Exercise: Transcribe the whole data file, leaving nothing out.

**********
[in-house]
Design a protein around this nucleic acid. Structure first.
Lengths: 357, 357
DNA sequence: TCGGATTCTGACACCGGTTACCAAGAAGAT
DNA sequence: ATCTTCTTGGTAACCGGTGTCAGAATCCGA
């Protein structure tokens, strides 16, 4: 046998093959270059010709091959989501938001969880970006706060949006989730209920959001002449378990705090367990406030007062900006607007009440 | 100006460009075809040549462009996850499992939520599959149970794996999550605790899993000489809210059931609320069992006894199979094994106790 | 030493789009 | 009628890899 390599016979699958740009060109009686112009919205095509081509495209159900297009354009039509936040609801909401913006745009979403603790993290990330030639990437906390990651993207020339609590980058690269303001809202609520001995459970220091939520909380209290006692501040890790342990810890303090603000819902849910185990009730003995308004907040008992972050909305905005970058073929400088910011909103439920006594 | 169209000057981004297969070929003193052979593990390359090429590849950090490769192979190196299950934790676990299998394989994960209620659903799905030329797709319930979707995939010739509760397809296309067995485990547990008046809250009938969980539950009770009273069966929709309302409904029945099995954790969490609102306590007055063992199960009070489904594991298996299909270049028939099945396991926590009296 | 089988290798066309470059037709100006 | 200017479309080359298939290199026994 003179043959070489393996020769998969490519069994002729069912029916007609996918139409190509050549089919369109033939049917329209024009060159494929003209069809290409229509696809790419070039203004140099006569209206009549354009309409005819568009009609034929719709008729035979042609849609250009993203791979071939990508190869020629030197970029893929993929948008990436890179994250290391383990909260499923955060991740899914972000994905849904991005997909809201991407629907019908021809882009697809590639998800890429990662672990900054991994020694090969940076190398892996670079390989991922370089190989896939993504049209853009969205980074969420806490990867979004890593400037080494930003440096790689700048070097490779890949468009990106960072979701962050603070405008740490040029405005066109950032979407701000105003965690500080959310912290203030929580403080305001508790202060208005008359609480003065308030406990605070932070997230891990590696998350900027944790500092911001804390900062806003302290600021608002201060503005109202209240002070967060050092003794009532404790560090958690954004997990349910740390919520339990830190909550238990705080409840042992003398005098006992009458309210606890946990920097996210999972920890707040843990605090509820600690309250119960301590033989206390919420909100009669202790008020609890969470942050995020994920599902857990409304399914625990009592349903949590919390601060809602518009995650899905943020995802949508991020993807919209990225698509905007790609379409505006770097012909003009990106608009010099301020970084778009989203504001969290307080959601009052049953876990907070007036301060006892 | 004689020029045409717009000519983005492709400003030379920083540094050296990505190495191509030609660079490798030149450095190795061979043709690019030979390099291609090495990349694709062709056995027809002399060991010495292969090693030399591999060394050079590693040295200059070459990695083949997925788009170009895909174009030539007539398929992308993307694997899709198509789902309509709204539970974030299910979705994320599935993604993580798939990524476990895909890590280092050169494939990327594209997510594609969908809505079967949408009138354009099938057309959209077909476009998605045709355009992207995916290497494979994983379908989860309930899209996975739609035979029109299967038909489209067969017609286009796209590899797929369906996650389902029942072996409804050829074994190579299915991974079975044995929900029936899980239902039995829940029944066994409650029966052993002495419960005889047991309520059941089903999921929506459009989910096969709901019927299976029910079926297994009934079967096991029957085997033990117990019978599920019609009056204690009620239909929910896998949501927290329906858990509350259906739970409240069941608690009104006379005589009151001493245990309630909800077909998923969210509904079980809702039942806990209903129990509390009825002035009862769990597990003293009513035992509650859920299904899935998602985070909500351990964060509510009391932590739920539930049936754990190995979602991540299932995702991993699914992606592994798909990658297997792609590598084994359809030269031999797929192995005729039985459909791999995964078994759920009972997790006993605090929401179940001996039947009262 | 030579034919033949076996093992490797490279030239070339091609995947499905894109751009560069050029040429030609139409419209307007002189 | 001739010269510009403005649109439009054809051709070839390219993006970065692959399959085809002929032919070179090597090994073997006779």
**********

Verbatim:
[in-house]
Design a protein around this nucleic acid. Structure first.
Lengths: 357, 357
DNA sequence: TCGGATTCTGACACCGGTTACCAAGAAGAT
DNA sequence: ATCTTCTTGGTAACCGGTGTCAGAATCCGA
């Protein structure tokens, strides 16, 4: 046998093959270059010709091959989501938001969880970006706060949006989730209920959001002449378990705090367990406030007062900006607007009440 | 100006460009075809040549462009996850499992939520599959149970794996999550605790899993000489809210059931609320069992006894199979094994106790 | 030493789009 | 009628890899 390599016979699958740009060109009686112009919205095509081509495209159900297009354009039509936040609801909401913006745009979403603790993290990330030639990437906390990651993207020339609590980058690269303001809202609520001995459970220091939520909380209290006692501040890790342990810890303090603000819902849910185990009730003995308004907040008992972050909305905005970058073929400088910011909103439920006594 | 169209000057981004297969070929003193052979593990390359090429590849950090490769192979190196299950934790676990299998394989994960209620659903799905030329797709319930979707995939010739509760397809296309067995485990547990008046809250009938969980539950009770009273069966929709309302409904029945099995954790969490609102306590007055063992199960009070489904594991298996299909270049028939099945396991926590009296 | 089988290798066309470059037709100006 | 200017479309080359298939290199026994 003179043959070489393996020769998969490519069994002729069912029916007609996918139409190509050549089919369109033939049917329209024009060159494929003209069809290409229509696809790419070039203004140099006569209206009549354009309409005819568009009609034929719709008729035979042609849609250009993203791979071939990508190869020629030197970029893929993929948008990436890179994250290391383990909260499923955060991740899914972000994905849904991005997909809201991407629907019908021809882009697809590639998800890429990662672990900054991994020694090969940076190398892996670079390989991922370089190989896939993504049209853009969205980074969420806490990867979004890593400037080494930003440096790689700048070097490779890949468009990106960072979701962050603070405008740490040029405005066109950032979407701000105003965690500080959310912290203030929580403080305001508790202060208005008359609480003065308030406990605070932070997230891990590696998350900027944790500092911001804390900062806003302290600021608002201060503005109202209240002070967060050092003794009532404790560090958690954004997990349910740390919520339990830190909550238990705080409840042992003398005098006992009458309210606890946990920097996210999972920890707040843990605090509820600690309250119960301590033989206390919420909100009669202790008020609890969470942050995020994920599902857990409304399914625990009592349903949590919390601060809602518009995650899905943020995802949508991020993807919209990225698509905007790609379409505006770097012909003009990106608009010099301020970084778009989203504001969290307080959601009052049953876990907070007036301060006892 | 004689020029045409717009000519983005492709400003030379920083540094050296990505190495191509030609660079490798030149450095190795061979043709690019030979390099291609090495990349694709062709056995027809002399060991010495292969090693030399591999060394050079590693040295200059070459990695083949997925788009170009895909174009030539007539398929992308993307694997899709198509789902309509709204539970974030299910979705994320599935993604993580798939990524476990895909890590280092050169494939990327594209997510594609969908809505079967949408009138354009099938057309959209077909476009998605045709355009992207995916290497494979994983379908989860309930899209996975739609035979029109299967038909489209067969017609286009796209590899797929369906996650389902029942072996409804050829074994190579299915991974079975044995929900029936899980239902039995829940029944066994409650029966052993002495419960005889047991309520059941089903999921929506459009989910096969709901019927299976029910079926297994009934079967096991029957085997033990117990019978599920019609009056204690009620239909929910896998949501927290329906858990509350259906739970409240069941608690009104006379005589009151001493245990309630909800077909998923969210509904079980809702039942806990209903129990509390009825002035009862769990597990003293009513035992509650859920299904899935998602985070909500351990964060509510009391932590739920539930049936754990190995979602991540299932995702991993699914992606592994798909990658297997792609590598084994359809030269031999797929192995005729039985459909791999995964078994759920009972997790006993605090929401179940001996039947009262 | 030579034919033949076996093992490797490279030239070339091609995947499905894109751009560069050029040429030609139409419209307007002189 | 001739010269510009403005649109439009054809051709070839390219993006970065692959399959085809002929032919070179090597090994073997006779």